In the latest straight-to-DVD action movie to somehow wind up in cinemas, Keanu Reeves plays John Wick – a retired hitman with a classic car, a cute puppy and a dead wife. But when bad guys kill his dog, John seeks revenge in a furious spree (killing, not shopping – though the question “why doesn’t he just buy another puppy?” is never answered).
The premise is so glaringly flimsy it must be a joke, but the execution is entirely humourless – thanks largely to Keanu Reeves, whose expressionless performance looks like an audition to be one of those guards you get at Buckingham Palace. He does look great in a suit, especially considering he’s 50 (?!), but he still can’t act. Unless the category is “stoner realness.”
Before you can say The Drop or Equilibrium, Wick’s dealing out bloody vengeance in the great cinematic tradition of badasses called John. Except he’s not called John; as Peter Bradshaw points out, characters keep calling him Jonathan, which would make him Jon Wick. And if the filmmakers can’t even apply the most basic thought to the title, it leaves little hope for the rest of the film.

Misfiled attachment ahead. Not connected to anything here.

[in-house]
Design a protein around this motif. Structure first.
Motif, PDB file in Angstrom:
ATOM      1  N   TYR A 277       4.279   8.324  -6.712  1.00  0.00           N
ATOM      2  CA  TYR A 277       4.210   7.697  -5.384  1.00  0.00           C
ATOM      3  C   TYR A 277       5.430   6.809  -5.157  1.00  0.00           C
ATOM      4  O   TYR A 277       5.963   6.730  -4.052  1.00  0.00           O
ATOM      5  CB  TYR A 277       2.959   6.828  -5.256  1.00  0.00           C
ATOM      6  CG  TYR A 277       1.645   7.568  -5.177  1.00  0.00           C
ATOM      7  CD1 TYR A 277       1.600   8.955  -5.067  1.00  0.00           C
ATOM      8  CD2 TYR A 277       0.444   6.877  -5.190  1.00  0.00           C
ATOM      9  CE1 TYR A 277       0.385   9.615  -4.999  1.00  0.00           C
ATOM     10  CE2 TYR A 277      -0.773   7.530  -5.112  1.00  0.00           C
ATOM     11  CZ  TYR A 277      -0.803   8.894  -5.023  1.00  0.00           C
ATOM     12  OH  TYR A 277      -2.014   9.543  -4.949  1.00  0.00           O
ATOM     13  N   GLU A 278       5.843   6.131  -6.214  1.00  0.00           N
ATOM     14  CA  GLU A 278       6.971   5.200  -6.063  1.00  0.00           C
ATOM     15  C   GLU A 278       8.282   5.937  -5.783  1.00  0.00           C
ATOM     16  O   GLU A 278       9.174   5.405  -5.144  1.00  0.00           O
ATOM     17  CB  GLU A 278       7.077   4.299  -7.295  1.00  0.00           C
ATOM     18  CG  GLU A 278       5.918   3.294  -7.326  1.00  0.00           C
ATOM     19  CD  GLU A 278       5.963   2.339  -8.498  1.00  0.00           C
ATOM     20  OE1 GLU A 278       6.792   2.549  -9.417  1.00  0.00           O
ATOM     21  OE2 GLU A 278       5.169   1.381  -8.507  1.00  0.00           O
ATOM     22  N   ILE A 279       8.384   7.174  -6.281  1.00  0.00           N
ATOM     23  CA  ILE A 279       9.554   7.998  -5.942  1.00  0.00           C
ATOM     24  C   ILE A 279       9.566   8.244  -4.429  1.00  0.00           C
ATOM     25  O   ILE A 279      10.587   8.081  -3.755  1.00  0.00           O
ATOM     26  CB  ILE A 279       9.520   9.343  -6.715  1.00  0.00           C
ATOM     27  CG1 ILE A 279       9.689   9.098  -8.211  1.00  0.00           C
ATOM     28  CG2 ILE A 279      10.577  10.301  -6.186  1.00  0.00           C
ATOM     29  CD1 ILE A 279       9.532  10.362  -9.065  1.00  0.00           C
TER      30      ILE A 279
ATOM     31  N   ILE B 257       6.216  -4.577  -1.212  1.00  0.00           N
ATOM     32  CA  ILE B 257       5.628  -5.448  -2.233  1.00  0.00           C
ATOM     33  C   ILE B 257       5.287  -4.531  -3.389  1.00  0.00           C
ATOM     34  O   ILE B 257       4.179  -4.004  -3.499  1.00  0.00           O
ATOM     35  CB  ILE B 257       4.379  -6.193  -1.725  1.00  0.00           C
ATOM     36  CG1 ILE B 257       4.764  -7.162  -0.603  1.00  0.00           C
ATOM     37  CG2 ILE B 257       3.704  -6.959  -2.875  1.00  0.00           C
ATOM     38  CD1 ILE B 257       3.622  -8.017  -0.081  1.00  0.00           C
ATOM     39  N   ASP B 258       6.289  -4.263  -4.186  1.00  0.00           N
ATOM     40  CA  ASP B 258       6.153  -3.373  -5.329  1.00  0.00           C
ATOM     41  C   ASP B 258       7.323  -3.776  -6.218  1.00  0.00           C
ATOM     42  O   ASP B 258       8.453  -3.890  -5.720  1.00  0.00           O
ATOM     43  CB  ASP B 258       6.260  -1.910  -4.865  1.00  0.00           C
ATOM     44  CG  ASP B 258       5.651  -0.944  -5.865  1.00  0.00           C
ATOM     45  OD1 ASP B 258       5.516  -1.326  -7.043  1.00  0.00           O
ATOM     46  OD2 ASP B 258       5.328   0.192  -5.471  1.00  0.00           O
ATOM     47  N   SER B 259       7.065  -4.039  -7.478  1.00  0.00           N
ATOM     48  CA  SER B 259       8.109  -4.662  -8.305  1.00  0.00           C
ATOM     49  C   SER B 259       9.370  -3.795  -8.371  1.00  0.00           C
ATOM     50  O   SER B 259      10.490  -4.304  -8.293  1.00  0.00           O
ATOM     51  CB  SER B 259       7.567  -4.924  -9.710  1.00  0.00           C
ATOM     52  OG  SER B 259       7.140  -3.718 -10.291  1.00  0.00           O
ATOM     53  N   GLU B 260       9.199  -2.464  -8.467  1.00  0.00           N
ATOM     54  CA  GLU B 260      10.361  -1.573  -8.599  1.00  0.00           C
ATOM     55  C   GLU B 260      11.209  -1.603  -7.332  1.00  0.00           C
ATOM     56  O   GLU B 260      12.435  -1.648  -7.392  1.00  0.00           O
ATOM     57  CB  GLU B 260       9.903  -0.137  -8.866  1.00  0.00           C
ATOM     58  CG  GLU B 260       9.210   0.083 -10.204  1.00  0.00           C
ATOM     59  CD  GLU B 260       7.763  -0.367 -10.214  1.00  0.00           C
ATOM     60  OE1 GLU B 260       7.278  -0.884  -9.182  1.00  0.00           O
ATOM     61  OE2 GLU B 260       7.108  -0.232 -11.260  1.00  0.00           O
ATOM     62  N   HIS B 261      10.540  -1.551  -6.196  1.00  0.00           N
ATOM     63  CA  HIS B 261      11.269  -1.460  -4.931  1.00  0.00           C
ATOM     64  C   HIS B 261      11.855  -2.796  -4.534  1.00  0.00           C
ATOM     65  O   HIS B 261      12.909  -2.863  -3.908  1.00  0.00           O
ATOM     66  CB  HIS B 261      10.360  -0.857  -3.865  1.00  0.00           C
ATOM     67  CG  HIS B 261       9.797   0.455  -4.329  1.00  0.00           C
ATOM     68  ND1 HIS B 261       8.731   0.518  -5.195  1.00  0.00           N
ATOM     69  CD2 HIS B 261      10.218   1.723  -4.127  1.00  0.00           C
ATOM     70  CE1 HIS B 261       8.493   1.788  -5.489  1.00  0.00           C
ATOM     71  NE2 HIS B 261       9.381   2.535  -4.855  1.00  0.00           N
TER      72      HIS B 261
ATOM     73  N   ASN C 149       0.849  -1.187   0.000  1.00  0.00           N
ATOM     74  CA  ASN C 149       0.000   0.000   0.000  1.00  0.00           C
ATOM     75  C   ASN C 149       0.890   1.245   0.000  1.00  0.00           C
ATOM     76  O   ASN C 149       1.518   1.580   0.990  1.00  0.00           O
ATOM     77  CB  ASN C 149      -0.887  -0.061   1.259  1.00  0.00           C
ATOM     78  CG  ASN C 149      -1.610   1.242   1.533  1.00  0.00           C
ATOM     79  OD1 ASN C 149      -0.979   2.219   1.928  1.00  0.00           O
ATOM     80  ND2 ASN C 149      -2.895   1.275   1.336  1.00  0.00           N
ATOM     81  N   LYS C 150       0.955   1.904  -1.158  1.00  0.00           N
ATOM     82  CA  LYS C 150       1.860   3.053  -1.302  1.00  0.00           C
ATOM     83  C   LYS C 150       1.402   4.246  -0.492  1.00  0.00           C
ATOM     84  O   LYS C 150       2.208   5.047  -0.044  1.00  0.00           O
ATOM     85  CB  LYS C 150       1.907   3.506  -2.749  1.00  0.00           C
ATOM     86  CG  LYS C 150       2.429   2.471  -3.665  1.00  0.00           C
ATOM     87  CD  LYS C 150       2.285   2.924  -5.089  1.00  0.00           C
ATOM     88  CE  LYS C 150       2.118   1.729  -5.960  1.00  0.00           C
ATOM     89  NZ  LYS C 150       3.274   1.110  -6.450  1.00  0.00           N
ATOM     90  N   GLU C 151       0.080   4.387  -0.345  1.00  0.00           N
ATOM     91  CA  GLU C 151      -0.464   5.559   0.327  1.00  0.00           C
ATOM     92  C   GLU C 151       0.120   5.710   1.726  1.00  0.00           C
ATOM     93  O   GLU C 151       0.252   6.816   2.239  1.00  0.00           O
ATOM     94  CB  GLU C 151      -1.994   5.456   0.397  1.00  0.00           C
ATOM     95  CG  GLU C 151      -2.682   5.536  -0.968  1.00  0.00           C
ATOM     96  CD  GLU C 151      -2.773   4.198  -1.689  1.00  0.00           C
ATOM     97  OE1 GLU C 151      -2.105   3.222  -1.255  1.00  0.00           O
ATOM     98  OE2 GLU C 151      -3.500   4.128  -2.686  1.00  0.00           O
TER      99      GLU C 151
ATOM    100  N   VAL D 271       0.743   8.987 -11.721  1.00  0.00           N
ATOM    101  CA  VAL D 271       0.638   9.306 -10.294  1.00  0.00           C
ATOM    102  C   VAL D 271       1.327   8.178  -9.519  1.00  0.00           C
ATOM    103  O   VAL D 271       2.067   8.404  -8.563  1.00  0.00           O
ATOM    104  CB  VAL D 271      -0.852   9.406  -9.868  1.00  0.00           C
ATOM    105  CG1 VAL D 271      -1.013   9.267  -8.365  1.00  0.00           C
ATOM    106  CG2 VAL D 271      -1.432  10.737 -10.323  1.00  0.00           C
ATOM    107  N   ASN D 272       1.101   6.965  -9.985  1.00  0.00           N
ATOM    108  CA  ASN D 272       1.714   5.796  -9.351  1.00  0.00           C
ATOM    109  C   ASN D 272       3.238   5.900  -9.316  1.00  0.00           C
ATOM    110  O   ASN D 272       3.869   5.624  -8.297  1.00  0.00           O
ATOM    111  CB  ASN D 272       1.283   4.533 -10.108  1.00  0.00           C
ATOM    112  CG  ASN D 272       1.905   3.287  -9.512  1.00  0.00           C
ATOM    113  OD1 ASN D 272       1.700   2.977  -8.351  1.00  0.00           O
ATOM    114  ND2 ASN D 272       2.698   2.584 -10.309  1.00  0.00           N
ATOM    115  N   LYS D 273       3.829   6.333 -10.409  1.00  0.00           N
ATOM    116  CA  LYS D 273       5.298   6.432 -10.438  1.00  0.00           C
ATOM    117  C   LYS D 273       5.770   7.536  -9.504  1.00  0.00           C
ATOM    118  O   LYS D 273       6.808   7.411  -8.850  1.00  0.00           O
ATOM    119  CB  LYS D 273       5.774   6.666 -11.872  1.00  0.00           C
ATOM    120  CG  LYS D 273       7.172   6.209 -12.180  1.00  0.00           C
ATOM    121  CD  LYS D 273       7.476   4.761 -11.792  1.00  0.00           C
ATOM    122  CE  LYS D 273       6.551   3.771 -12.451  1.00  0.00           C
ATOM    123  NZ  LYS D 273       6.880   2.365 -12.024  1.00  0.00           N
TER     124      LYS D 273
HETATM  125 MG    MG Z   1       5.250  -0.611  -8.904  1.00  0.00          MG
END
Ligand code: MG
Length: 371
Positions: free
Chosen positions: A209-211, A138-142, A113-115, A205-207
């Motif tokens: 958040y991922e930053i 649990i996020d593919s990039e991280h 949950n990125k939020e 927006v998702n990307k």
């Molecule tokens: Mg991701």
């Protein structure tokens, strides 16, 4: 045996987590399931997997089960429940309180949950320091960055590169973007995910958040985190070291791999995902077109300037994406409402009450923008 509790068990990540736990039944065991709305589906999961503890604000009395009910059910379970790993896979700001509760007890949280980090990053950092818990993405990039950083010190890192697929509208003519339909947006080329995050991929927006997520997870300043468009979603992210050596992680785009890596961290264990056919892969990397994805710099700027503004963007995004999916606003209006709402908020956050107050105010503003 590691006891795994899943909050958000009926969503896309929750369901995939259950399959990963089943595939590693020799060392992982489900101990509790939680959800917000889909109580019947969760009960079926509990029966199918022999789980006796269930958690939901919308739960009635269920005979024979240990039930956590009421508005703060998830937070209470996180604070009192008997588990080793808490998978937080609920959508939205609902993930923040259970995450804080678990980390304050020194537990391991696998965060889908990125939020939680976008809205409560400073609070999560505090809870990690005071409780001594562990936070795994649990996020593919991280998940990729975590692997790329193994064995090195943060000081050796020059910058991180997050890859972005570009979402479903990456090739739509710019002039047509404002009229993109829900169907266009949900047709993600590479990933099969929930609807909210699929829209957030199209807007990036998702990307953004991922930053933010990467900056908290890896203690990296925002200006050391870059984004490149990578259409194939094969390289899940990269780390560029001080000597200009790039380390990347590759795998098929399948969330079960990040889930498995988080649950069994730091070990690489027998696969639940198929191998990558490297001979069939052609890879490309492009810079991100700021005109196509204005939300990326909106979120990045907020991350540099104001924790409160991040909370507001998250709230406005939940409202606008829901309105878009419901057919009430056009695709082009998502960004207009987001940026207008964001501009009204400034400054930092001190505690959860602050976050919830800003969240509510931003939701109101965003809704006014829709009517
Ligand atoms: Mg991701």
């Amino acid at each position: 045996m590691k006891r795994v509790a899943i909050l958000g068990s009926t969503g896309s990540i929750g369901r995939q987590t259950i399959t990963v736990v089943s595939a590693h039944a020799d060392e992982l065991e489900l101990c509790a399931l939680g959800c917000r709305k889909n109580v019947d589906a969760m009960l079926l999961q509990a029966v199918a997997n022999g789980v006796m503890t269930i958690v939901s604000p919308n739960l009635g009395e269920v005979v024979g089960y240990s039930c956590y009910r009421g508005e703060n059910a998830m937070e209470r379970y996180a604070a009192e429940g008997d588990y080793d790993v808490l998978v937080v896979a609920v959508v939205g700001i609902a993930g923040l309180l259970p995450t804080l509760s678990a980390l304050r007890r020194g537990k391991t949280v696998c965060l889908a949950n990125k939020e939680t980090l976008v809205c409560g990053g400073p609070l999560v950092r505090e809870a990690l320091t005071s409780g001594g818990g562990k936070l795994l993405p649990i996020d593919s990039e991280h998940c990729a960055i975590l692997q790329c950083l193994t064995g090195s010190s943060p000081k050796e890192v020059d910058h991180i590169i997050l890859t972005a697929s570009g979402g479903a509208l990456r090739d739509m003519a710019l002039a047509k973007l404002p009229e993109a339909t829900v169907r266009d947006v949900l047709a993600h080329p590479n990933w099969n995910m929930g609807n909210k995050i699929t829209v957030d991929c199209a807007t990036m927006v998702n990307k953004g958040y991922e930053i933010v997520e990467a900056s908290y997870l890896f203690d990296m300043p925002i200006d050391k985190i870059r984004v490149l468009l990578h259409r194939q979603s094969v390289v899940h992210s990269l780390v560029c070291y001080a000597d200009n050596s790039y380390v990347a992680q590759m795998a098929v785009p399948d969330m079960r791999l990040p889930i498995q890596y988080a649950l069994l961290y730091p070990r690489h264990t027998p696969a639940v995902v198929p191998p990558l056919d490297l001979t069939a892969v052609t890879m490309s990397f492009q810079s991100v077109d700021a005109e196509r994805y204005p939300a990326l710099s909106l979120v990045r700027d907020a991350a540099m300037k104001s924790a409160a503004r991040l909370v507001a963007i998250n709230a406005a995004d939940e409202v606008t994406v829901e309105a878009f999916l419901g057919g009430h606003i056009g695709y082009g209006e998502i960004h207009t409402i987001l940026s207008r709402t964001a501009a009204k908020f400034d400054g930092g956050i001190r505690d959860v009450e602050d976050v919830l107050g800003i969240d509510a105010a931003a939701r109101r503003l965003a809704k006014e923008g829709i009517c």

If Jo(h)n Wick is so notorious, why hasn’t Alfie Allen heard of him? How come Michael Nyqvist can match him in a fight when hundreds of tough guys are so easily dispatched? What’s Willem Dafoe doing in this piece of trash? Isn’t that Dennis Duffy from 30 Rock? Why does Wick decide to lie low in a hotel full of hitmen? The Hitman Hilton, if you will.
It’s not surprising to learn that the directors, Chad Stahelski and David Leitch, are stunt coordinators – Stahelski was Keanu Reeves’ body double in The Matrix. And the action sequences are certainly the film’s strongest aspect, even though they’re still completely boring.
For reasons best described as “utterly baffling”, the film has been overwhelmingly well-received and scores a bizarre 85% on Rotten Tomatoes. But don’t believe the hype; John Wick is as stupid, dull and forgettable as the semi-annual Liam Neeson shoot-em-up.
To see this type of revenge film done properly, check out last year’s The Equalizer. This has none of that film’s memorable characters, tension or fun – and Keanu Reeves is no Denzel Washington. The set-up is laughable, the central character tedious, and the whole thing feels about 15 minutes long. Needless to say, the sequel is in early development. Maybe this time they’ll kill his goldfish.